Four Essentials in Healthy Lament

Val outlines four steps for effectively shaping complaints into prayers that God longs to hear:

First… Go Directly to God

There are things we feel perfectly comfortable complaining to our family about; in Val’s case, it was the rain (okay, hurricane) that ruined their beach trip. But bugging God with this stuff? That just feels petty.

And yet, Val says, who we take our complaints to matters. God is waiting to change our hearts. He knows, she writes, that “any hope of transforming our complaints and whines into heart-changing laments is going to come in his presence. If we want gratitude and faith to replace the entitlement or doubts in our hearts, it will only happen when we take these things to the one who created those hearts.

Transforming complaints into heart-changing laments

Next…  Acknowledge Your Pain

David gets brutally real with God (see, for example, Psalm 6:6-7 and 44:23-26), and so should we. God can handle our honesty; it’s when we leave out the pain or gloss over the wounds that our prayers start to sound phony.

“You might be wrestling with lots of doubts at the moment,” Val writes. “Maybe there’s a sin you keep buried in the closet and have yet to confess. Or perhaps you’re grieving and angry at God. Prayer may feel impossible, but you’re in a better spot than you think. You have nothing to offer, but that’s always been true. It’s just more visible now.”

Tell God how you feel; he can handle it.

Third…  Make Your Request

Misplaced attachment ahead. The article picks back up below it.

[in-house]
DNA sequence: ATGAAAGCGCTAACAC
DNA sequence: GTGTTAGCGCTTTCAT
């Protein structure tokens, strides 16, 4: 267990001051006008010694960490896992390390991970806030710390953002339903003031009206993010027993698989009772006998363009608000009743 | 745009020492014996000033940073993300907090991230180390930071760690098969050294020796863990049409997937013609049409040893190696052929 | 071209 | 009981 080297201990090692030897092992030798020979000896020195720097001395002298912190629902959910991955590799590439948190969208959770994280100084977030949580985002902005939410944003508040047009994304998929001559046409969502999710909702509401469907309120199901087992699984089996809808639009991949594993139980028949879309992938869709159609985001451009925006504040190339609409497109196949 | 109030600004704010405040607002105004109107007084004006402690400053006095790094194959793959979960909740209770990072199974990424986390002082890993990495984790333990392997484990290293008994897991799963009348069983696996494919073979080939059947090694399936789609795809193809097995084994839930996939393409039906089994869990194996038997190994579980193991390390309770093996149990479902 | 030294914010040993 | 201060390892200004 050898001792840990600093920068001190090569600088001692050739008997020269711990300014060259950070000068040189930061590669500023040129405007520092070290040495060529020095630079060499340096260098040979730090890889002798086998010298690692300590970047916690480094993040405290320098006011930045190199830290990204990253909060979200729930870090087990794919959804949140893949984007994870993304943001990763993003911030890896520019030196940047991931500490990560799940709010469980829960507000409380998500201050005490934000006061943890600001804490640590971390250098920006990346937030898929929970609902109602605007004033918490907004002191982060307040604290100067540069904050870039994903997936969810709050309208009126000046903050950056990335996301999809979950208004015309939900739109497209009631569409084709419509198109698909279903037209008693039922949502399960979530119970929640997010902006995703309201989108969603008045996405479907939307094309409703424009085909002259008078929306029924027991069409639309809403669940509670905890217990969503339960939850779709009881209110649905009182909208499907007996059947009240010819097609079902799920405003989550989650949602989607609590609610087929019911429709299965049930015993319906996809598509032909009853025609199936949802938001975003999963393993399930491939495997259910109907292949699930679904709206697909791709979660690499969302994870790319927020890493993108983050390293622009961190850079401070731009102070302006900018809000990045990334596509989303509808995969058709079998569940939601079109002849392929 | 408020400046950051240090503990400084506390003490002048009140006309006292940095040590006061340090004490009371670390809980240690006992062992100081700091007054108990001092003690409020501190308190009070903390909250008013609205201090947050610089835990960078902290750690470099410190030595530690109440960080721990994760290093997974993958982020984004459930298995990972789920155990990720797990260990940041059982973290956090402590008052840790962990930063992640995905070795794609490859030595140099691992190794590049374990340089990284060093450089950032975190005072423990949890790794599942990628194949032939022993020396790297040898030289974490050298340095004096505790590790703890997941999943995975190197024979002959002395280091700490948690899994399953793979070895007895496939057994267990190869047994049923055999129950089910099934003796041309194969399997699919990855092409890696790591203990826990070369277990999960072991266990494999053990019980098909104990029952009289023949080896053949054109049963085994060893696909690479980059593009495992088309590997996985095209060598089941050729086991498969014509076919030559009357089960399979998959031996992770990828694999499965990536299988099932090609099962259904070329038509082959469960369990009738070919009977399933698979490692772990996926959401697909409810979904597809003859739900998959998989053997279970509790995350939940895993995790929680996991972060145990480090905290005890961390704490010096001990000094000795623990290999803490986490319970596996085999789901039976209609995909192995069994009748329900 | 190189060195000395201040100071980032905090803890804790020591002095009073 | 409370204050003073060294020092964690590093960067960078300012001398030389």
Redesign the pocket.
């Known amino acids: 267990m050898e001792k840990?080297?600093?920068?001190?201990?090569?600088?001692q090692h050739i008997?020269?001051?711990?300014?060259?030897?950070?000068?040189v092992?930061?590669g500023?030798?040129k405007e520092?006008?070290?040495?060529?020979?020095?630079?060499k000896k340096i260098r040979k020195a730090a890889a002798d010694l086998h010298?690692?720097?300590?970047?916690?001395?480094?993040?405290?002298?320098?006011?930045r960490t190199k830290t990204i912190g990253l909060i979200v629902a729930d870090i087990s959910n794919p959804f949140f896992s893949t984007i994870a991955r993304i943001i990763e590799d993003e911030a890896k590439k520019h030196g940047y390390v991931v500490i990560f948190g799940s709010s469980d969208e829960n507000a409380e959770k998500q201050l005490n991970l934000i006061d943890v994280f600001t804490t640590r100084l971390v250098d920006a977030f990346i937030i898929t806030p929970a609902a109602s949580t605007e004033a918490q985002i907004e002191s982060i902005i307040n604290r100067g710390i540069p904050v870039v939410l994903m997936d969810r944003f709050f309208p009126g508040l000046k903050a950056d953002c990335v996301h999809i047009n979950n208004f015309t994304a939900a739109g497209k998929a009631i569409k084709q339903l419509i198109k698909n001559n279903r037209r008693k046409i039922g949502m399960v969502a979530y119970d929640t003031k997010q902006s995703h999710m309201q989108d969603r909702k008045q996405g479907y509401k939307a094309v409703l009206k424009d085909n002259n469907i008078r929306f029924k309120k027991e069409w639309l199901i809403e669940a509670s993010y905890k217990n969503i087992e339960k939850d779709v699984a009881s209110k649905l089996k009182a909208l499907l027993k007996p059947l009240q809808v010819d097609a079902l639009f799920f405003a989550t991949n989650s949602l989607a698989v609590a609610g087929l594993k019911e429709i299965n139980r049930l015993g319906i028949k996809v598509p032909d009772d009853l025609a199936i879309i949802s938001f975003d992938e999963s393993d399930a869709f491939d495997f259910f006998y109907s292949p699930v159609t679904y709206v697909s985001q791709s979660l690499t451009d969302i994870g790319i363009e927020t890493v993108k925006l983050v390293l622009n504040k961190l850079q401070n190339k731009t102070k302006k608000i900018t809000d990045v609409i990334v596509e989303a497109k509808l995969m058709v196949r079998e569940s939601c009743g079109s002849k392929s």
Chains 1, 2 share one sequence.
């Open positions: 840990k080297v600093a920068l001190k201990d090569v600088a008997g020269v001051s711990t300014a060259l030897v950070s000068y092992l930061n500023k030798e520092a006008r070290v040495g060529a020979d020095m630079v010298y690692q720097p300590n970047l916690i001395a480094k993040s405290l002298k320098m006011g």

“Make your requests known to God, and listen for his answer.”

That’s Val’s advice, along with a word of caution:  “Don’t assume that if [God] wanted to give you relief, blessing, or freedom from the struggle, he would have already done it. Our God gives good gifts to his children, as we’ve seen in Matthew 7:11, but he also tells us to ask for them.”

And finally…  Praise Well

“When we complain to anyone besides God, our experience is hopeless and defeated. But when we lament to God, we get out of our personal reality and get into God’s. We remind ourselves of the truth and hope we have in Jesus. This is why praise is a necessary part of lament.”

God doesn’t want us to come to him with all our drama because he loves it. He wants us to come because he loves usHe knows he’s the ONLY one who, Val says, “can redeem our complaints and comfort us in our laments.”

And it’s okay if we have to keep reminding ourselves of this truth – if we (as Val puts it) “seesaw back and forth from lament to praise.” David did that. He gave voice to the truth again and again, taking hold of what he knew in his mind and speaking it to his heart.

Don’t be afraid of hurts, doubts, and frustrations. Take them to God, throw off the weight of facades, and realize that you are fully known…and fully, deeply, unconditionally loved.

❤️

Want to know more about releasing your complaints to the Lord? Read all of Chapter 6 in Pray Confidently & Consistently. 

Or watch the IGTV interview, where Val shares more on this topic. Go to my Instagram feed and click the thing that looks like a little TV:

Jodie's IG Feed

 

Or just spend a few minutes sharing your lament, honestly, with the One who can help. Be encouraged by Christ’s invitation…

“Come to me, all you who are weary and burdened, and I will give you rest. Take my yoke upon you and learn from me, for I am gentle and humble in heart, and you will find rest for your souls.” (Matthew 11:28-29)

❤️

As always, I only tell you about books I truly love; if you purchase via the link in this email, I get a small commission.

 

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Hearing God’s Voice in a Noisy World